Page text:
Most economists are predicting low growth for houses in the year ahead, but as usual, most economists are basing their predictions solely on technical analyses. They don’t usually take fundamental aspects such as poorly managed municipalities or a poorly managed Eskom into consideration when they peer into their crystal balls. That’s why the property explosion of 2004 caught them unawares. That’s why they called it a bubble at the time. If you don’t understand something, you’ll be afraid of it, and they were afraid of the so-called “bubble” – which, in the end, never burst.

    Every week I meet people on my seminars who tell me that they could kick themselves for not having attended my seminars in 2003 and consequently having missed the 32% growth in house prices. It’s a lot more expensive for them to enter the market as property investors now. Of course, many of our investors in the Treoc group who did start buying in 2003 and still have their properties today are smiling broadly, and they will meet the next growth phase with enthusiasm. To those who haven’t yet done anything and are still “waiting and seeing”, I’d like to say: get yourself onto this property bus now, or else you’ll once again miss the next growth phase. You already missed the party in 2004, and if you don’t take action now, you’ll miss the next party too!

    Last Sunday at church in Somerset West someone asked me whether I thought it would be worth his while to fly to Gauteng to buy properties. I want to share with you the answer I gave him, because I think a lot of you might also be wondering where to find the right areas and properties.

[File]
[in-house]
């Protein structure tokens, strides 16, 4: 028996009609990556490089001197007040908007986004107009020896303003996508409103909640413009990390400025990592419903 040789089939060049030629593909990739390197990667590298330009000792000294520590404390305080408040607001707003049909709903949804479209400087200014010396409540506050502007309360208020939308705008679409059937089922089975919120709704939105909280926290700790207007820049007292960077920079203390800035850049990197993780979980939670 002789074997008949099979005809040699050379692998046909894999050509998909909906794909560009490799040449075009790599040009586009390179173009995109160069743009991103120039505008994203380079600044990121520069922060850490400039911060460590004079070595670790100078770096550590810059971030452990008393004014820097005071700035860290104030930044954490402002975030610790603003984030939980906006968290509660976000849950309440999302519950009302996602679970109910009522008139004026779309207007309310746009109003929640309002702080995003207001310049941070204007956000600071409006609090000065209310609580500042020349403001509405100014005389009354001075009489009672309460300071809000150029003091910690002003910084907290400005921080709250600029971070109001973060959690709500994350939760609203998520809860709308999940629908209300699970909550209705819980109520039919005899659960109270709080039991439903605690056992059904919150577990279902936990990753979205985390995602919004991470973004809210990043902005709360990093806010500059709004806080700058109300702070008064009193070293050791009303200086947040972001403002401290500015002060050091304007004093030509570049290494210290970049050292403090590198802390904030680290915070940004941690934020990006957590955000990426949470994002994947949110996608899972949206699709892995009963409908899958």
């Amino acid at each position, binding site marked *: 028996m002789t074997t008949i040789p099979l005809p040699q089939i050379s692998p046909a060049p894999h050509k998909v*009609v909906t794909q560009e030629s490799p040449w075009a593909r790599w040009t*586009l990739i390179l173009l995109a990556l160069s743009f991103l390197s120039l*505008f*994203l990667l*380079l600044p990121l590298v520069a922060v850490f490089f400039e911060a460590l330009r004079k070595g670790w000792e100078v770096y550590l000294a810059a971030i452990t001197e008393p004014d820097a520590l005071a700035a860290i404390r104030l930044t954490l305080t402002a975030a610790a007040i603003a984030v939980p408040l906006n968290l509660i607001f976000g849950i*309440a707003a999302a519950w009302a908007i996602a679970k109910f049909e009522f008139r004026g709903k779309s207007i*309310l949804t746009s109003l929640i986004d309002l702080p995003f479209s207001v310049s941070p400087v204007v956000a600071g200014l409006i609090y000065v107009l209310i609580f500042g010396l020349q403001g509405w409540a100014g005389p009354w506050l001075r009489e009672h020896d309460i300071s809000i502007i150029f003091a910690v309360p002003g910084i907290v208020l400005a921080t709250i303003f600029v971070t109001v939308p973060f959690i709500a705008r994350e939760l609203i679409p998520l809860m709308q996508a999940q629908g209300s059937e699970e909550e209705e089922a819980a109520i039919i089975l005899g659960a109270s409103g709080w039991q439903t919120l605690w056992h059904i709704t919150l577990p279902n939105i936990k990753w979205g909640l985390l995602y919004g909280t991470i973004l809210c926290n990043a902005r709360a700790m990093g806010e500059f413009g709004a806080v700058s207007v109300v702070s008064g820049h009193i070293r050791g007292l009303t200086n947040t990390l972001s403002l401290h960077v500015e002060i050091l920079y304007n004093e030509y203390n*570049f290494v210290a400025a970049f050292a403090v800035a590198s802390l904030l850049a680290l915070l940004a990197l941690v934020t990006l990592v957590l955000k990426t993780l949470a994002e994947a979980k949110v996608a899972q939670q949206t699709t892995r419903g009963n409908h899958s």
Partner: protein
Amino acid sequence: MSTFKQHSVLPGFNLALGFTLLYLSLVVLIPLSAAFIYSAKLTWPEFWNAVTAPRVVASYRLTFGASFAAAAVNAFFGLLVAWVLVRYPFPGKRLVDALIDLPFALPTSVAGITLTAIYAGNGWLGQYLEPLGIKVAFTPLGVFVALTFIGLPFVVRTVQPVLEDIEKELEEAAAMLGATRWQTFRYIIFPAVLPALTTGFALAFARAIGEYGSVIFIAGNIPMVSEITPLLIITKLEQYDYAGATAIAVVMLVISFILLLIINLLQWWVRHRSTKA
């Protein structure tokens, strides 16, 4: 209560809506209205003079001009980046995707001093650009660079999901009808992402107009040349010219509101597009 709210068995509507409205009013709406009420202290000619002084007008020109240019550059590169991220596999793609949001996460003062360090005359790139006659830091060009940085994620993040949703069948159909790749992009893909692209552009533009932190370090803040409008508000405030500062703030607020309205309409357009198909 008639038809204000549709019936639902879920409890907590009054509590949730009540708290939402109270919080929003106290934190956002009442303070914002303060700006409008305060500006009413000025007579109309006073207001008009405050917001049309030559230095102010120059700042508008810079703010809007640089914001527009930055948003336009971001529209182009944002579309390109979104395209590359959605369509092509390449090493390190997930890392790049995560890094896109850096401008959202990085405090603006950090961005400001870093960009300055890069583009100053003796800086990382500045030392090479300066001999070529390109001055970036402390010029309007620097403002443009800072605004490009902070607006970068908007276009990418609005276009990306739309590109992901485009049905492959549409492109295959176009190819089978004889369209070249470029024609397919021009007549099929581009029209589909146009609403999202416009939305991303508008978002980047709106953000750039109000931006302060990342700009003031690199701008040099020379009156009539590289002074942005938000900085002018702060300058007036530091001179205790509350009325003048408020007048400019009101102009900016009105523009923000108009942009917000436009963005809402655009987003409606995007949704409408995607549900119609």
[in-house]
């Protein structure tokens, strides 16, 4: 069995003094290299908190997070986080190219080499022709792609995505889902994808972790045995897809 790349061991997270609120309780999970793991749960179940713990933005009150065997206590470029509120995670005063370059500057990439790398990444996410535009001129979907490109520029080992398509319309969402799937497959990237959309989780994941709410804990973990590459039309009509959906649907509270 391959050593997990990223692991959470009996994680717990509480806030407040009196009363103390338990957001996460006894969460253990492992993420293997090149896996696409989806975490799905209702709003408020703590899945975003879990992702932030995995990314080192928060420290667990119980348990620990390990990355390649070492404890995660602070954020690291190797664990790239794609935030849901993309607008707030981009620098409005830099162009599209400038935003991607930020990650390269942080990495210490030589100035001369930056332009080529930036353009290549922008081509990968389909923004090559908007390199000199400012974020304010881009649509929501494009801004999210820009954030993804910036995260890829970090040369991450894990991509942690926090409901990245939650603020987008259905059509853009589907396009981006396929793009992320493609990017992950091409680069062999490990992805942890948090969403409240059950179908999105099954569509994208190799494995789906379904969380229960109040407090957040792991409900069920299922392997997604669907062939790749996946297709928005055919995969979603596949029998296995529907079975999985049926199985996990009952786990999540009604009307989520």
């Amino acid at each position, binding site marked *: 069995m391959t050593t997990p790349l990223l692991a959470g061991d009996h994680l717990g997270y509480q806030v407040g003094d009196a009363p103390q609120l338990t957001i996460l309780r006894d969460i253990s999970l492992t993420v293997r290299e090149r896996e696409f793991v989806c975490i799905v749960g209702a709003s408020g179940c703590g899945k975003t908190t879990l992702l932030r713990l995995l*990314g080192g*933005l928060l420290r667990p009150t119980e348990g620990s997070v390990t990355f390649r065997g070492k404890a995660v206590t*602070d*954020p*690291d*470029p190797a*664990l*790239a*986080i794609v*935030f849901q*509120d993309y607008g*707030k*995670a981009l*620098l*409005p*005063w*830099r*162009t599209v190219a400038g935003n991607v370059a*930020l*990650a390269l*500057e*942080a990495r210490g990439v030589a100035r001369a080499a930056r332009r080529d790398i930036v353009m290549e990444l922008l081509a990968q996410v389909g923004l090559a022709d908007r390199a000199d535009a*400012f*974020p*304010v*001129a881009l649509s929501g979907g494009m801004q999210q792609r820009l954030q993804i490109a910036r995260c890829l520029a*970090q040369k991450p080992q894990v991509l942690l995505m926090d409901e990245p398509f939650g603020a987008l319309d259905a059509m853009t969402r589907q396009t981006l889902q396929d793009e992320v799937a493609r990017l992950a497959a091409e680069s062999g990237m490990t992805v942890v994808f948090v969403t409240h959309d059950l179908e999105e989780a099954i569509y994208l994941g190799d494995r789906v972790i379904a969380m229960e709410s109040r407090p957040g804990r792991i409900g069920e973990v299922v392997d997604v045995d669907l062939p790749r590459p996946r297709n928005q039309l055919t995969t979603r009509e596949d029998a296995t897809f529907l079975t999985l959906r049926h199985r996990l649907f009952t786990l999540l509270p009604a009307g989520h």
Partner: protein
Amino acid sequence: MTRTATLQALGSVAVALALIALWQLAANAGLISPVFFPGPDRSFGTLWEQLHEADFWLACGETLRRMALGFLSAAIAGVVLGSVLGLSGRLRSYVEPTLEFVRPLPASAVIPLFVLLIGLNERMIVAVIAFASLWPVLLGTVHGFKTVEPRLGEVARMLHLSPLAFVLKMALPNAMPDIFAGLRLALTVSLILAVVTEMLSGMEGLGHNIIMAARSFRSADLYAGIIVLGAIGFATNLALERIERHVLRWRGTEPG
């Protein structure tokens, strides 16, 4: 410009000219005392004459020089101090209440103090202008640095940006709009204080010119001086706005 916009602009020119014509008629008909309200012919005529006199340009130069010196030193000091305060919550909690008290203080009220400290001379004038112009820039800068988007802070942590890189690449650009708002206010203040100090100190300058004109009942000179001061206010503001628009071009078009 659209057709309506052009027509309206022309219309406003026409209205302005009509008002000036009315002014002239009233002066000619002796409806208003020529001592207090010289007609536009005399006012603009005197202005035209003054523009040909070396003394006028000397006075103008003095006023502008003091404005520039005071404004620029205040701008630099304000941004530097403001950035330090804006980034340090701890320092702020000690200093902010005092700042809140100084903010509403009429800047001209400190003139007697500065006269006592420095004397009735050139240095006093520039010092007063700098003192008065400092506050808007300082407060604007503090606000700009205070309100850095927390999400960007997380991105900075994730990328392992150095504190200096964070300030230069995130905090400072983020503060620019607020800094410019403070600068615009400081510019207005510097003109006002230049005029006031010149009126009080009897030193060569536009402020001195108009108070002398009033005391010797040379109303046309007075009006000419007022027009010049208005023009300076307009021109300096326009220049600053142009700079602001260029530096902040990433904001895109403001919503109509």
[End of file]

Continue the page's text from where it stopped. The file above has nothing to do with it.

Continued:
At Treoc we have a dedicated company, Treoc Property Exchange, which has just one goal: to find properties for our Platinum members. They are continually investigating new areas, and as soon as they have identified the right areas they look for properties for us. The properties that they find are all above-average performers that automatically qualify for our exclusive rental pool. These properties are usually also bought with zero deposit. We call these properties Treoc-type Properties and it has now been proven over and over again that this type of property beats the year-on-year market average in terms of capital growth and rental demand.

    The man at church wanted to know what he had to do to also be able to buy from Treoc Property Exchange. The answer is: become part of the Treoc Way. If you are already a Treoc member, but are not aware of all our services and products, I suggest that you immediately make contact with the Treoc investors’ club nearest you, because you are missing big opportunities.